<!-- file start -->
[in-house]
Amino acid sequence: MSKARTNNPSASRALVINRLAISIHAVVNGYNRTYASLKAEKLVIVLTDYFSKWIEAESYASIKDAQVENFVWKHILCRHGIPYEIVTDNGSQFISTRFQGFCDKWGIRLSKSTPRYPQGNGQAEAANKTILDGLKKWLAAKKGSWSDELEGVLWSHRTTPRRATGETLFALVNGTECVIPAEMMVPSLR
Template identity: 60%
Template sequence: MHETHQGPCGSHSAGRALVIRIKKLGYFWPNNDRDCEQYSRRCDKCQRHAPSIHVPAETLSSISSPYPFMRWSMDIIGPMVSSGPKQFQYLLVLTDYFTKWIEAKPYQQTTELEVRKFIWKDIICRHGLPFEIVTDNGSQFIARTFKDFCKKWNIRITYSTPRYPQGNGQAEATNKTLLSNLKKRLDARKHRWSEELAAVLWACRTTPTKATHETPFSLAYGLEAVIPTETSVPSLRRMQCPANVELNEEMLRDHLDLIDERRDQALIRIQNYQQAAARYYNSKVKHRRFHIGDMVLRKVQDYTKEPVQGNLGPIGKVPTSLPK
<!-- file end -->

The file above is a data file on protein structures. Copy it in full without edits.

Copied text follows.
[in-house]
Amino acid sequence: MSKARTNNPSASRALVINRLAISIHAVVNGYNRTYASLKAEKLVIVLTDYFSKWIEAESYASIKDAQVENFVWKHILCRHGIPYEIVTDNGSQFISTRFQGFCDKWGIRLSKSTPRYPQGNGQAEAANKTILDGLKKWLAAKKGSWSDELEGVLWSHRTTPRRATGETLFALVNGTECVIPAEMMVPSLR
Template identity: 60%
Template sequence: MHETHQGPCGSHSAGRALVIRIKKLGYFWPNNDRDCEQYSRRCDKCQRHAPSIHVPAETLSSISSPYPFMRWSMDIIGPMVSSGPKQFQYLLVLTDYFTKWIEAKPYQQTTELEVRKFIWKDIICRHGLPFEIVTDNGSQFIARTFKDFCKKWNIRITYSTPRYPQGNGQAEATNKTLLSNLKKRLDARKHRWSEELAAVLWACRTTPTKATHETPFSLAYGLEAVIPTETSVPSLRRMQCPANVELNEEMLRDHLDLIDERRDQALIRIQNYQQAAARYYNSKVKHRRFHIGDMVLRKVQDYTKEPVQGNLGPIGKVPTSLPK